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Strong Connections Lay the Foundation for Mental and Emotional Health

Mental emotional healthThe bond between parent and child is the child’s primary source for emotional health.  Therefore building strong connections lay the foundation for mental and emotional health.

By having a strong connection, it gives your child the capacity to have satisfying relationships the rest of their life. A weak or anxious bond could reverberate through your child’s entire life in the form of low self-esteem, impaired relationships, and the inability to seek help or ask for it in effective ways.

Research indicates that over one-third of the children in middle-class families suffer from anxious attachments to their parents. This insecure attachment tends to be transmitted from one generation to another. Every parent wants to know what early experiences enable a child to feel that the world is a positive place. We ask ourselves how a child becomes equipped with enough confidence to explore, to develop healthy peer relationships, and to rebound from adversity. We seek to know what builds a child who sees himself or herself as being loved, loving, and valuable. We wonder, “Do I have what it takes to raise a secure child? What can I do to support my child or change myself?”

Secure attachment is created by the subtle quality of adult-child interactions. It does not happen because a parent holds, feeds, bathes, or responds to an infant’s cries. It is based on how the adult responds. We have all had the experience of talking with a spouse or friend who looks as though he or she is listening, but something is missing. We have gone to the movies and out to dinner with a friend, having a reasonably good time, but sensing that something is missing. Conversely, we have had experiences with spouses and friends when we felt that a wholeness was present—that they were truly “there” and that we were attuned to the moment and each other. This connection is at the heart of our bonding with children and with each other.
Young children up to age four or five rely on the parent’s affect, or demeanor, to determine whether a situation is safe. Later in life, they can discern this information themselves by environmental clues.

In our hurried society, many are finding the mechanics of parenting all they can handle.  The joy of parenting is lost. Parents are overwhelmed with the pressures of modern life. These demands create times when parents are sometimes physically absent and other times when our bodies are present but our minds are elsewhere.
The ramifications of our well-intentioned absences may manifest themselves in certain behavioural characteristics in our children. We may see our children acting like bullies, taking advantage of more vulnerable children. Or we may see them victimized and excluded by others or excluding themselves to manage their anxiety about failing. We may see our children being impulsive or shy, showing poor concentration skills, getting easily upset, and lacking initiative. Or we may see rampant independence that hardens into stubbornness and bossiness. We may see our children struggle with friendships, jealous and afraid that they may lose the security of a best friend. We might see them shy away from risk and group activities or leap in and take unsafe risks. We might believe these behaviours are part of the child’s genetic temperament. Temperament is a factor; however, brain research indicates that although nature provides the raw materials for brain development, nurture is the architect.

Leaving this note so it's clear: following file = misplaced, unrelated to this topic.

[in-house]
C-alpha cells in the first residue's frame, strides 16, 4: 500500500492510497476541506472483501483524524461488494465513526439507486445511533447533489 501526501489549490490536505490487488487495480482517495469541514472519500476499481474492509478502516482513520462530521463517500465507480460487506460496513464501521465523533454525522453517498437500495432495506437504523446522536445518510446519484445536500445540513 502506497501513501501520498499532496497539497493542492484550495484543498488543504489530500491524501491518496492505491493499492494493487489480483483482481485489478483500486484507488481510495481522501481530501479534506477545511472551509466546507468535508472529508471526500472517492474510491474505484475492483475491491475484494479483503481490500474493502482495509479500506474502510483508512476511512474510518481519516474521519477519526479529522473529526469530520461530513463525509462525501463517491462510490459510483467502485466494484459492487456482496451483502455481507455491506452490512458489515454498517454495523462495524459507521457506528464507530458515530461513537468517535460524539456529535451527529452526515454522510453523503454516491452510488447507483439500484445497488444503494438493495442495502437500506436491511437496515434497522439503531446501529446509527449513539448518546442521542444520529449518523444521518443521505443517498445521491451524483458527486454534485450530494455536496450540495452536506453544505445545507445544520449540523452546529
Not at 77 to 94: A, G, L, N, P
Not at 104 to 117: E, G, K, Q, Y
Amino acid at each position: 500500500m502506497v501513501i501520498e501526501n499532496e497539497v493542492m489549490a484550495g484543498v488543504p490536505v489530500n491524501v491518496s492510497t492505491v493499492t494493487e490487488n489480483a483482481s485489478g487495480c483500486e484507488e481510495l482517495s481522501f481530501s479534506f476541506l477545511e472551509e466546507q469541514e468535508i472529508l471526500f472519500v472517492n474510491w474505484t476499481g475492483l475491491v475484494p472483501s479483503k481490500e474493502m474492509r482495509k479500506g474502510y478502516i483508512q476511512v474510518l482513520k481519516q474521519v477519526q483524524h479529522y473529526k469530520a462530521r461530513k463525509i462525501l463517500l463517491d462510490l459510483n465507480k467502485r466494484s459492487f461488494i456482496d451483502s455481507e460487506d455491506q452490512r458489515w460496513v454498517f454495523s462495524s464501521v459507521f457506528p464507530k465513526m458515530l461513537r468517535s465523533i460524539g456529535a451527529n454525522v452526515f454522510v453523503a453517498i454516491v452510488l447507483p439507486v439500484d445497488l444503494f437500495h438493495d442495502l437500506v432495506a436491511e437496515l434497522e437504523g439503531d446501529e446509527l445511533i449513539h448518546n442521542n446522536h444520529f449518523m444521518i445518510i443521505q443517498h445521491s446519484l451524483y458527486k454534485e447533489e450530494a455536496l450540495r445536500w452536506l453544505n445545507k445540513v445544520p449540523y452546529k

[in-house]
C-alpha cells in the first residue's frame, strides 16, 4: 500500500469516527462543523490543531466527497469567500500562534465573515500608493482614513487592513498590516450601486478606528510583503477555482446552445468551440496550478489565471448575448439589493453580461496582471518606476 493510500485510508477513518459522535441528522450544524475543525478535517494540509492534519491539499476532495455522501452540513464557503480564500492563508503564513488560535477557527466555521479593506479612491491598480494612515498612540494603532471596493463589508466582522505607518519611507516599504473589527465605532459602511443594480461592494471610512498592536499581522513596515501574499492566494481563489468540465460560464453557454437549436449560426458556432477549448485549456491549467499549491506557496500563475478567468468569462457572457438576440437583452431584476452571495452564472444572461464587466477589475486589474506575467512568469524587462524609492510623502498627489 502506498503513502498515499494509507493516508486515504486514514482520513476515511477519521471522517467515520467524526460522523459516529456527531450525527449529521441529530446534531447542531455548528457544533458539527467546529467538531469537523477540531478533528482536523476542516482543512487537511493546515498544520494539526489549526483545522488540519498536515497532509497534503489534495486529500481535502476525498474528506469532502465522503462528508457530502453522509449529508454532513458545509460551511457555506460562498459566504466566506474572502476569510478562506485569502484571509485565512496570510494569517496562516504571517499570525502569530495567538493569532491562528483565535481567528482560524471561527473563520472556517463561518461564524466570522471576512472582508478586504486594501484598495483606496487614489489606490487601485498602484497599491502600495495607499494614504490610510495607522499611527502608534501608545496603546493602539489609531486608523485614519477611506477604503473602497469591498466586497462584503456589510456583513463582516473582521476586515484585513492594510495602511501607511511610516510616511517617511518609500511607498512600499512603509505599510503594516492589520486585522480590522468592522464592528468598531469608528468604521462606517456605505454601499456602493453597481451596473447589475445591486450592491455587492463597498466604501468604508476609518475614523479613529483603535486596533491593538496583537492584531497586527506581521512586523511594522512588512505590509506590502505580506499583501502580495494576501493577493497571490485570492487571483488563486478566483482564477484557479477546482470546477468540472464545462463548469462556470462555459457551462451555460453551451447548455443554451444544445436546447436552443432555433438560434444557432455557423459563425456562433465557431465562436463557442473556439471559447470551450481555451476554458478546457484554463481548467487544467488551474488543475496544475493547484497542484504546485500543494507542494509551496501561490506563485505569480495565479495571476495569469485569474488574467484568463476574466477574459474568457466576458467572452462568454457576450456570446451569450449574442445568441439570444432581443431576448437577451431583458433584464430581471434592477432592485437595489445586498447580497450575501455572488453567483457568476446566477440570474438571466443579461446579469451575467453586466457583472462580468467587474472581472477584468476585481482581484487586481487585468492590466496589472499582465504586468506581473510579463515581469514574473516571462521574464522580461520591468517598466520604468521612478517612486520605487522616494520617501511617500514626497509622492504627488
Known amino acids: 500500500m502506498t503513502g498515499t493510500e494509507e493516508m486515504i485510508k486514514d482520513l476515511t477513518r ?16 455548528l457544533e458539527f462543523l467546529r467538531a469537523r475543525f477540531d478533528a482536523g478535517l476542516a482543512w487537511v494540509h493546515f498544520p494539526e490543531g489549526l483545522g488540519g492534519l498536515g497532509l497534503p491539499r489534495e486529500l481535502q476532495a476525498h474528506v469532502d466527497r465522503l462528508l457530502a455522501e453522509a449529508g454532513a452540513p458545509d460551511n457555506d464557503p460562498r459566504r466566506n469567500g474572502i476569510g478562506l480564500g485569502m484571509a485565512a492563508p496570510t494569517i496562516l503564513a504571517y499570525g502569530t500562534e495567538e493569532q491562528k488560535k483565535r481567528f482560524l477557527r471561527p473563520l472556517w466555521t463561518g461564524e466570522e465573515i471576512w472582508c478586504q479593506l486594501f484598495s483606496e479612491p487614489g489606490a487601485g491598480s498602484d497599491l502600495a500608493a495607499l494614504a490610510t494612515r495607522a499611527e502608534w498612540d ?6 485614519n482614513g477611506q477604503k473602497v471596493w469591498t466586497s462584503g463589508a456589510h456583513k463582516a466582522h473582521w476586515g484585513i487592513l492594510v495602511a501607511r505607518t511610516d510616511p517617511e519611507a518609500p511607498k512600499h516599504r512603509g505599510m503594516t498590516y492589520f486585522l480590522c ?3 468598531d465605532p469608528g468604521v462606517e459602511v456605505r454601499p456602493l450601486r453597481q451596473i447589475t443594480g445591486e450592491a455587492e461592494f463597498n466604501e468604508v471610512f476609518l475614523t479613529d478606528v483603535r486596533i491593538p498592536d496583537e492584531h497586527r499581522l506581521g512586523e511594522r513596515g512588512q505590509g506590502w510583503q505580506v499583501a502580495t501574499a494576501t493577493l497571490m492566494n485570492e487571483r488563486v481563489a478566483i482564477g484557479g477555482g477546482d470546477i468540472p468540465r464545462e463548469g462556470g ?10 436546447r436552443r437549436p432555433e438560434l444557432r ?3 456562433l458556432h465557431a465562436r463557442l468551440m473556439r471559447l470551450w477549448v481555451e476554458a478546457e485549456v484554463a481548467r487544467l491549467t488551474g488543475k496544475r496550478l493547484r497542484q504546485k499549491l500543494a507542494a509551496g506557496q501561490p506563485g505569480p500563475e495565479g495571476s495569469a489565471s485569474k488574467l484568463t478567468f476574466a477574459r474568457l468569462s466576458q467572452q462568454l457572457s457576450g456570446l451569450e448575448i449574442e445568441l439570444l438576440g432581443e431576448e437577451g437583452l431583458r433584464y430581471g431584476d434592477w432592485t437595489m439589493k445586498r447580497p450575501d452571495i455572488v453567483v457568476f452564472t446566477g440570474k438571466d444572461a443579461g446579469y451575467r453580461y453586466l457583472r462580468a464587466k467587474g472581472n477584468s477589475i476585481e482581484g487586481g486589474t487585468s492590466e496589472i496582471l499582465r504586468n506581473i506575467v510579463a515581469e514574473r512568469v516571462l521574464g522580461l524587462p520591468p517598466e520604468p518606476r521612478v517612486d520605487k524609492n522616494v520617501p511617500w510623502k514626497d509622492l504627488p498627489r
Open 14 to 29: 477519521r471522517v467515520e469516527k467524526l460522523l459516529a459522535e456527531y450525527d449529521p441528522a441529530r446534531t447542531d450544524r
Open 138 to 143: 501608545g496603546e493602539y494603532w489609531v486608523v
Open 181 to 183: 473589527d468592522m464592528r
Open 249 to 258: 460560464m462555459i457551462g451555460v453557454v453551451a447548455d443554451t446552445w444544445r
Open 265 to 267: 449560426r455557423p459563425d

How we interact with our children profoundly shapes their brains. We literally custom design our children’s brains. Many of the behaviours we see can be traced to the original bonding experience between children and their caregivers. As daunting as it may seem, there is hope. Just as children are forgiving, so, too, is the brain—especially in the early years. The brain can be shaped and reshaped by each new experience; like a house that gets dirty, a good cleaning is all it needs.
I Love You Rituals are designed to strengthen the bond between an adult and a child and, in turn, re-establish the child’s sense of security. This secure base then frees the child to explore the world with greater willingness and success. It also builds healthy ties between the adult and child, increasing the child’s willingness to be cooperative. Imagine that you are sitting on your couch at home with your spouse. Lately your relationship has been going very well—communication and connection are at an all-time high. If one of you were to get up and the other asked, “Honey, while you are up, would you get me a sandwich?” more than likely the answer would be, “Sure, what would you like?” Now pretend you are on the couch and the relationship is going poorly—so poorly that you wonder why this person is sitting on your couch. Suppose one person gets up and the other asks for something. The likely response would be, “Get it yourself; you have legs.” Cooperation is directly related to the connection we feel with each other. The same is true with children: Strengthen the bond and increase the cooperative spirit.

Don’t Give Up On Your Partner

This post has taken me a while to write because it has brought up past emotions but also a sense of strength of how far our family has come. So please if this triggers any emotions for you,  remember how far you have also come or will go by showing yourself love.

After the birth of our first daughter Grace, I was diagnosed with major depression.  Parenthood was far from what I expected and I was not prepared for emotions from past events to surface the way they did.  I was sinking quickly into a black hole whilst struggling to be a mum to Grace.  However with the help of professionals I started to recover and find the real me.

Then Emma came along and I became unwell once again whilst I was still in hospital and I was sent to a mother/baby unit.  I spent 3 months in there trying to form a relationship with Emma and get through each day without self harming.  I kidded myself thinking I could go home and within a couple of months, my psychiatrist put me into a psychiatric ward in the hope that spending time with myself will help me to get on the road to recovery.  I have had treatment that I wouldn’t want anyone to go through but it all saved my life.  I spent 7 months in Emma’s first year of life in hospital trying desperately to get better.

I could never thank my husband Steve enough for what he did for me.  He was my rock the entire time.  He was devastated watching me go through what I did and it was tough looking after two children.  This was definitely far from what he expected parenthood to be like. Nevertheless it was the best thing for me as I came out a better person than ever and I could let go of the past demons.

Then our children were diagnosed with autism and sensory processing disorder and we did not know where to go from there.  Every dream that we had were shattered from our hard journey into parenthood.  Steve has also gone through a bout of depression.  There have been times where we spoke little and I was expecting him to one day come home and say the marriage is over.  It may have helped that I knew how he was feeling but I knew I would never give up on him.  It has been tough but now we are a lot closer.